Another point for people to keep in mind as they read about different turbo setups is that all boost psi is not equal. In large part, the psi you see with a turbo system is determined by the restriction of the exhaust turbine. So a big turbo on the same engine making the same power will show a lower psi than a small turbo on that engine making the same power. I took my turbo Miata to a dyno day and made the same power, down to a tenth of a hp, at 14 psi as another guy did at 8. I had the tiny OEM IHI setup and he had good sized aftermarket Garrett.

You've got a neat setup, and like JBL, I hope you keep us informed as far as driveability and durability. With that long trek to and from the radiator-turned-intercooler I would have anticipated a tiny but noticeable delay between WOT and seeing meaningful boost.
 

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Discussion Starter #37
I'm always trying to learn more about turbo tech. The small turbo vs large turbo dyno results had me wondering how. So I looked into it. I was under the impression that boost is boost, as long as the altitude and temperature is the same. I know there can be sensor placement issues, back pressure, airflow restrictions, timing and fuel mapping differences. I would have thought, if all else is equal, that an equivalent sensor based pressure would produce the same results, regardless of the size of the turbo. Of course, I would be wrong. You are correct. The difference is in the air volume that the larger turbo produces, which isn't accounted for simply as a measurement of PSI.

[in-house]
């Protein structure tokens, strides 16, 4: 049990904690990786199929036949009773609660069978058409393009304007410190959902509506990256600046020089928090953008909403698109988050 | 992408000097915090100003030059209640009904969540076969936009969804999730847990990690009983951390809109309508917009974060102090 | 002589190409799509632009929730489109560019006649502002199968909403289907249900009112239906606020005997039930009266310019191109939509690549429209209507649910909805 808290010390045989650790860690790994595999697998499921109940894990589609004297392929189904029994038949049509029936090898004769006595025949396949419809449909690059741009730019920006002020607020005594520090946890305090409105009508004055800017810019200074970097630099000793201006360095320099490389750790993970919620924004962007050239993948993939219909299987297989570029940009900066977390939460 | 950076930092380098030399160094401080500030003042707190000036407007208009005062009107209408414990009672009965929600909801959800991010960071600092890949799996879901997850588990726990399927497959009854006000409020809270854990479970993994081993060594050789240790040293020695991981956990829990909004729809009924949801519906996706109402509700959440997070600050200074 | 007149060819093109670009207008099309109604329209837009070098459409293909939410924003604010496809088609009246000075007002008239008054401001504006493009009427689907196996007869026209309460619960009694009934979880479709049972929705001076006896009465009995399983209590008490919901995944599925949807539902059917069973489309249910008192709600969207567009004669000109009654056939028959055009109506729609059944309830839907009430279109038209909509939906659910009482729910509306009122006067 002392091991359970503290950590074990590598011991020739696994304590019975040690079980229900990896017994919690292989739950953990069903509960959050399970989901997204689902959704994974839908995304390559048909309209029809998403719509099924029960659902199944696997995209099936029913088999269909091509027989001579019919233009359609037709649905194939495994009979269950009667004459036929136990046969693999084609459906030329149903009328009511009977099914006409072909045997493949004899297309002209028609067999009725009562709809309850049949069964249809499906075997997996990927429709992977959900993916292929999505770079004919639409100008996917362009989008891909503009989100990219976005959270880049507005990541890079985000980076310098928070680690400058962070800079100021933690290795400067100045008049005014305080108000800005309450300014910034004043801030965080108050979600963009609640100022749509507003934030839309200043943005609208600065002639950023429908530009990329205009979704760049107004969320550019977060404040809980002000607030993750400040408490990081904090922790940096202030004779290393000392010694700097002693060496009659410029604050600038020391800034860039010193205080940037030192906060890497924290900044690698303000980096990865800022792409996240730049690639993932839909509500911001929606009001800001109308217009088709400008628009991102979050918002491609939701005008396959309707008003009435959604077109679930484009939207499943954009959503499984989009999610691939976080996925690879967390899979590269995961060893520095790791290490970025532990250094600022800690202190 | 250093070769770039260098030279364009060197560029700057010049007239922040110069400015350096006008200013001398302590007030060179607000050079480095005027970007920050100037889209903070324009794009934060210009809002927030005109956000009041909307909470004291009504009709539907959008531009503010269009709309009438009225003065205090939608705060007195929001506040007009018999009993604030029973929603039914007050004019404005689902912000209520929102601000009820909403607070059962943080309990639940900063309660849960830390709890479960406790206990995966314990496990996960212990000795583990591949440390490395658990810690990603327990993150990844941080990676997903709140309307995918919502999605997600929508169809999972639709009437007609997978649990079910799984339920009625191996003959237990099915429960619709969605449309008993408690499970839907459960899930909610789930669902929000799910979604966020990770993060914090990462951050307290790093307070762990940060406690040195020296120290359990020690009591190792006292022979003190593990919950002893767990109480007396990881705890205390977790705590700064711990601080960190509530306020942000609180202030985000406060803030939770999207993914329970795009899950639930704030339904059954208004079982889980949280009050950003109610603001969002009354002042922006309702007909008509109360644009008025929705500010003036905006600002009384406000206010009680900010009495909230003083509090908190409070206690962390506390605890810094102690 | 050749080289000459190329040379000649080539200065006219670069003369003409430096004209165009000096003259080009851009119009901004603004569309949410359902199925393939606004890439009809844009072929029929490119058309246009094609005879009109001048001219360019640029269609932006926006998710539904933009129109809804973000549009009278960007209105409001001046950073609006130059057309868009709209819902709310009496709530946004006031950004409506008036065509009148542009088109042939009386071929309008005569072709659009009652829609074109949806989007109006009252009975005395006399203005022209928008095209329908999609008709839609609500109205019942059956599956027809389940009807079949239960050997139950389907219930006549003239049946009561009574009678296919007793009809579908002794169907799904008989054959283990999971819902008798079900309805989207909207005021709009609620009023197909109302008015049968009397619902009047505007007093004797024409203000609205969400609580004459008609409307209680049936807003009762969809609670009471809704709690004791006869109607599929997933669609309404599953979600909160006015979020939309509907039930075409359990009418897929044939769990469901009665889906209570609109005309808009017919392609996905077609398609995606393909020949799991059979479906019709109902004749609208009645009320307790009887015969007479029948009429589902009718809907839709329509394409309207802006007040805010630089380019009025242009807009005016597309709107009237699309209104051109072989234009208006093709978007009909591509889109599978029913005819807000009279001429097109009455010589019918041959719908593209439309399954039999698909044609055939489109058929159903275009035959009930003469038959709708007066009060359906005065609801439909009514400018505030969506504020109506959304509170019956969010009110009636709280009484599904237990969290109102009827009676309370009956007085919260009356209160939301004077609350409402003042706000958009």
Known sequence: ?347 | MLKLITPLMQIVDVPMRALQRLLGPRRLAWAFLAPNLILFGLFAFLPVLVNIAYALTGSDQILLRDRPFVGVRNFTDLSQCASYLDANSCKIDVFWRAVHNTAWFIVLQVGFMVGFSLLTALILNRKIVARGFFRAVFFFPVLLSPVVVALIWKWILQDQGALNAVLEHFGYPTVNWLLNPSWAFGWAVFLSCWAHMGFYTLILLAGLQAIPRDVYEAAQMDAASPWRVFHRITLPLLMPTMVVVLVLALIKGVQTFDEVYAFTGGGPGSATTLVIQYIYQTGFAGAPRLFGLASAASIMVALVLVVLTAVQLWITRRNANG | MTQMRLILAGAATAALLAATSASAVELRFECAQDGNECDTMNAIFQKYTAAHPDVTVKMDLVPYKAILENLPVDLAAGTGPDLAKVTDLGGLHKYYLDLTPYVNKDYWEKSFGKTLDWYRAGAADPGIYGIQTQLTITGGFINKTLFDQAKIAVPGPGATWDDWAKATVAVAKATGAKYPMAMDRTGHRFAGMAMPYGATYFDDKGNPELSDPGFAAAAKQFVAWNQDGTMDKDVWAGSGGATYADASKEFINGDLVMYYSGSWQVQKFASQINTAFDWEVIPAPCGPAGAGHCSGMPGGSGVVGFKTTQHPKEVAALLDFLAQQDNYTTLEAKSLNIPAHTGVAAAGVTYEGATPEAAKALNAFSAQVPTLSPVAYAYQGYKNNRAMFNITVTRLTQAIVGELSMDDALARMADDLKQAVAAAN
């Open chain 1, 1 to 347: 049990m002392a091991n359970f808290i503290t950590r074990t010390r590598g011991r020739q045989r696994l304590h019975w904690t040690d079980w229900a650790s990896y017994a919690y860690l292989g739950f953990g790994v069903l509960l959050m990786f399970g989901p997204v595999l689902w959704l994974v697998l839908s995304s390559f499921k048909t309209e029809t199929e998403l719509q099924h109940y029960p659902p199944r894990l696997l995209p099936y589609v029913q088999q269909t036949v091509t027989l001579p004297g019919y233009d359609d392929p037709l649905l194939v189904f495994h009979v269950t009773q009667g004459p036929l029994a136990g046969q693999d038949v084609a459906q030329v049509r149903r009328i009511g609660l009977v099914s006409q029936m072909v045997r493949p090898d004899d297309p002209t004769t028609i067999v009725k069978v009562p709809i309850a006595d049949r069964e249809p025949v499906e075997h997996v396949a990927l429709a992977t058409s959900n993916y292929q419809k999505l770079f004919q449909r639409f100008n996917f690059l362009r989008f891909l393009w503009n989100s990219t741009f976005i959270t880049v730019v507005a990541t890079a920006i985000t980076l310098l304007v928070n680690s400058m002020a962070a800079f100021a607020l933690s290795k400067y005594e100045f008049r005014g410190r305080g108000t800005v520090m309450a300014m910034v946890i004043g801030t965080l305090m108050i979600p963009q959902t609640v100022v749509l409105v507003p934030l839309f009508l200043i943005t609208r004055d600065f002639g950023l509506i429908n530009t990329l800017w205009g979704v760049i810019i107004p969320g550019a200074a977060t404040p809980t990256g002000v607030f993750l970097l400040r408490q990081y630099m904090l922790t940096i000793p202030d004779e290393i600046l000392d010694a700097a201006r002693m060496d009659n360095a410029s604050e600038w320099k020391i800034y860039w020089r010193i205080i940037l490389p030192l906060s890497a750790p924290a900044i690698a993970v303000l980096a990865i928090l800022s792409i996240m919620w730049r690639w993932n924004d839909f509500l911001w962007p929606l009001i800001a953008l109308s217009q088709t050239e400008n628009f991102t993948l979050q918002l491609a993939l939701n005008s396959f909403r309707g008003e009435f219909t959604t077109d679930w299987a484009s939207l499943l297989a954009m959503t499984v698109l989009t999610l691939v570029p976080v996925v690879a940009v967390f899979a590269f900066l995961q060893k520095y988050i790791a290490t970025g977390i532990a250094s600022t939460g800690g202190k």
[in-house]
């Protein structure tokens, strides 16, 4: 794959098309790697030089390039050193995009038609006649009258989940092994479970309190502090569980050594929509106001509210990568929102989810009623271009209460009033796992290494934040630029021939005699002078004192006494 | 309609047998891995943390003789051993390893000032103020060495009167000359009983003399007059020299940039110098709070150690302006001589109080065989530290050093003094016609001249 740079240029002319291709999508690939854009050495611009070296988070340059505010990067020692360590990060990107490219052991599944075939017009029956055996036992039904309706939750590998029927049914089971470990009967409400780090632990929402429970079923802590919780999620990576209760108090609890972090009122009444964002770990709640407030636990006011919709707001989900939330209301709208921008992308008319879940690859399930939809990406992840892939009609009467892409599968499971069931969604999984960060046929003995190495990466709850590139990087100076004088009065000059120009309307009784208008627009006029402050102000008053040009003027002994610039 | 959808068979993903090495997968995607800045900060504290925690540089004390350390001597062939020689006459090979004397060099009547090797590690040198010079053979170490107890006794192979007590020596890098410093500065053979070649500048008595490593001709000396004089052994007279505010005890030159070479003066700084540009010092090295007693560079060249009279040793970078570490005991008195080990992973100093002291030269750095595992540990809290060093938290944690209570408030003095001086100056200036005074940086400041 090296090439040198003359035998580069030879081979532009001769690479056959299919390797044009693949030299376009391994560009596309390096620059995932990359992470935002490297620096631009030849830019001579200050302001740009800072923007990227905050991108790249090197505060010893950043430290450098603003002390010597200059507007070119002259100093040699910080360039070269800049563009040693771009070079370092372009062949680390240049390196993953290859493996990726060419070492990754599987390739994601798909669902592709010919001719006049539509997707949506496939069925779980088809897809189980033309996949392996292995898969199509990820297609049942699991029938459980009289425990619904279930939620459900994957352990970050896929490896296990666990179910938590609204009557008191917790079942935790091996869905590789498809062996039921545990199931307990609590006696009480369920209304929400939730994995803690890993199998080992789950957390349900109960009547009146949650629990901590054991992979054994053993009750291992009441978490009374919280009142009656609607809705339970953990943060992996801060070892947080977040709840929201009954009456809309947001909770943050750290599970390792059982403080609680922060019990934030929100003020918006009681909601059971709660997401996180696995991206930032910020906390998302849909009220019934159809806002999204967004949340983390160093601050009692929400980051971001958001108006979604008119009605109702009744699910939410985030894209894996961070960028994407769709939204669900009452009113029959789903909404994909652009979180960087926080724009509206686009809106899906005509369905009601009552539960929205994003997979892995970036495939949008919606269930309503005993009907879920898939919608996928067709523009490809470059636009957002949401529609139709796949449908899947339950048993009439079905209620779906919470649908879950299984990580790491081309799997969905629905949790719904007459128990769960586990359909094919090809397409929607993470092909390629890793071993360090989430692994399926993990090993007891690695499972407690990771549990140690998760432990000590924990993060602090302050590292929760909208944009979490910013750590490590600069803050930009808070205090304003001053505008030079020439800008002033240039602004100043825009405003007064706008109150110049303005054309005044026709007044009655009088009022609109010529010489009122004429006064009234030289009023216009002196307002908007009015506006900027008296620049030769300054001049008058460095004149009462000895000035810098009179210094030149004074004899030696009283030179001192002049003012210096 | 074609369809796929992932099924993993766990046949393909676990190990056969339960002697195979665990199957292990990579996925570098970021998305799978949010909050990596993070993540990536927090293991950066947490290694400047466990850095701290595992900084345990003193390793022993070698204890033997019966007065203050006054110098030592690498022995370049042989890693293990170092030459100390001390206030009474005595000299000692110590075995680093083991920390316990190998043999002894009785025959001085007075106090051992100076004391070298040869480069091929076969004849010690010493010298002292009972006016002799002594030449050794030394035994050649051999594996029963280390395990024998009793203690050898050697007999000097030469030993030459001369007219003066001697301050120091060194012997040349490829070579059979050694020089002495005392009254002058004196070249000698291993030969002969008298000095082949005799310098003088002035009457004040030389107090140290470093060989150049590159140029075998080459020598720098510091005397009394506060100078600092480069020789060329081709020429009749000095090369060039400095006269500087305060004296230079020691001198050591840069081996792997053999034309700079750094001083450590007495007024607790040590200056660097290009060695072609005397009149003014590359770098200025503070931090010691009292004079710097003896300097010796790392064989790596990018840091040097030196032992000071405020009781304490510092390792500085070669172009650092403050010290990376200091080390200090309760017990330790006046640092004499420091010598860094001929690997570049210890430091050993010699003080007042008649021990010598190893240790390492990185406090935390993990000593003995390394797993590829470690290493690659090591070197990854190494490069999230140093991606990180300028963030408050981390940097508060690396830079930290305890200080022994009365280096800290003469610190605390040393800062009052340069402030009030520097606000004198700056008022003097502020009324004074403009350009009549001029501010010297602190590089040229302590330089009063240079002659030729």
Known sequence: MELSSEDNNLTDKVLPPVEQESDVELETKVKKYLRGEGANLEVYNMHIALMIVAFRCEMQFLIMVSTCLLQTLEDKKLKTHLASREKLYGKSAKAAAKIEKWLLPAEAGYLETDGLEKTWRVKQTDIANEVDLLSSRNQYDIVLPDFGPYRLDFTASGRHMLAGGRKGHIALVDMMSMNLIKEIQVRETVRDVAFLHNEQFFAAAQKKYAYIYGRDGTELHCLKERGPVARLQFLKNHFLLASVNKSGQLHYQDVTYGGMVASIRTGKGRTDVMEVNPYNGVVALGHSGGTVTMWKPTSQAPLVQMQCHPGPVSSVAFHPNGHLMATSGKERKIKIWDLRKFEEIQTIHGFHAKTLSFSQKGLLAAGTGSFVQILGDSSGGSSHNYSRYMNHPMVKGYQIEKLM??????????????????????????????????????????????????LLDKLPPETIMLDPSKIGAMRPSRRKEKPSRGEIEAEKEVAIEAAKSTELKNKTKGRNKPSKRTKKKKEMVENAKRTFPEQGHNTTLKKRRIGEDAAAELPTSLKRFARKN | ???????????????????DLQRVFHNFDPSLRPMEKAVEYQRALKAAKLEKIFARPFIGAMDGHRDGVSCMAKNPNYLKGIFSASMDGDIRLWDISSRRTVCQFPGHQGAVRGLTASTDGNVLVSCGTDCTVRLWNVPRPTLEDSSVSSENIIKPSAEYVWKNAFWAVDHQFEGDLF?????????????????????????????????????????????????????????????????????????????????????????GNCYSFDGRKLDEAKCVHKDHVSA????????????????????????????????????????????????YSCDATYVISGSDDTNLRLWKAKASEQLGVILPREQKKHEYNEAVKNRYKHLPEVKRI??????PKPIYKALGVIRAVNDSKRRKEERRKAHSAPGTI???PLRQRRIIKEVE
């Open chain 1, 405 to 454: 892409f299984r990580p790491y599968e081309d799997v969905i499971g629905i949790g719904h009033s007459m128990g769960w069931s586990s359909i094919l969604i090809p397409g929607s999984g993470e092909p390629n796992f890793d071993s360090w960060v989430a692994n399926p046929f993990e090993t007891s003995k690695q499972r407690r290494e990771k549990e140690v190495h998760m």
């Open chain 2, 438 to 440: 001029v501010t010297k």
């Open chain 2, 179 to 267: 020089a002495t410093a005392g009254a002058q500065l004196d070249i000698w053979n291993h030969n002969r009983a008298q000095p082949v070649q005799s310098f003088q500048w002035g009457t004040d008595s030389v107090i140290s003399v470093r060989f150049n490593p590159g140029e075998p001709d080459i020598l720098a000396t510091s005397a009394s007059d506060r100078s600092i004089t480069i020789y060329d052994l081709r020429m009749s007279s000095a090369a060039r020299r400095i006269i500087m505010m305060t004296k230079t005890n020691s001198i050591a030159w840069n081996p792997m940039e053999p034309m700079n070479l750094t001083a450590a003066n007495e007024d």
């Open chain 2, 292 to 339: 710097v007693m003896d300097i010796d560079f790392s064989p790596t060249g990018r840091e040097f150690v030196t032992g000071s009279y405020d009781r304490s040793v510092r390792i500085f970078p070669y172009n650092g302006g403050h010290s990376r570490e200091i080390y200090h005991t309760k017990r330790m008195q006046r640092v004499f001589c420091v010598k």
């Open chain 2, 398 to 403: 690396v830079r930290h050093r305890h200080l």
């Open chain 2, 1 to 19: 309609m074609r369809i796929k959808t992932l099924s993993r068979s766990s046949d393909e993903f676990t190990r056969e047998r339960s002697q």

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Sweet build!!!!

I’ve ridden in/drove CRAWLRS Speedcat and it’s a hellava machine...
With a turbo even more so I would imagine!
If this setup was Factory with support/warranty for a price near/at/slightly above market for a long travel turbo car, Textron couldn’t build enough IMHO.
I know I would own one!
Enjoy the ride!

C-ya!
 

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Discussion Starter #39
BTW mbrandt1402, the setup on the intercooler is water cooled and not air cooled. Water routes from the intake adjacent intercooler to the front radiator and back. So there is little delay introduced because the air is cooled just prior to the intake. Of course all intercoolers create some restriction.
 

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Sorry - I didn't go back and re-read your thread before making that comment. I thought I saw that you were using the OEM radiator as the intercooler, not as the heat exchanger for the intercooler. My bad.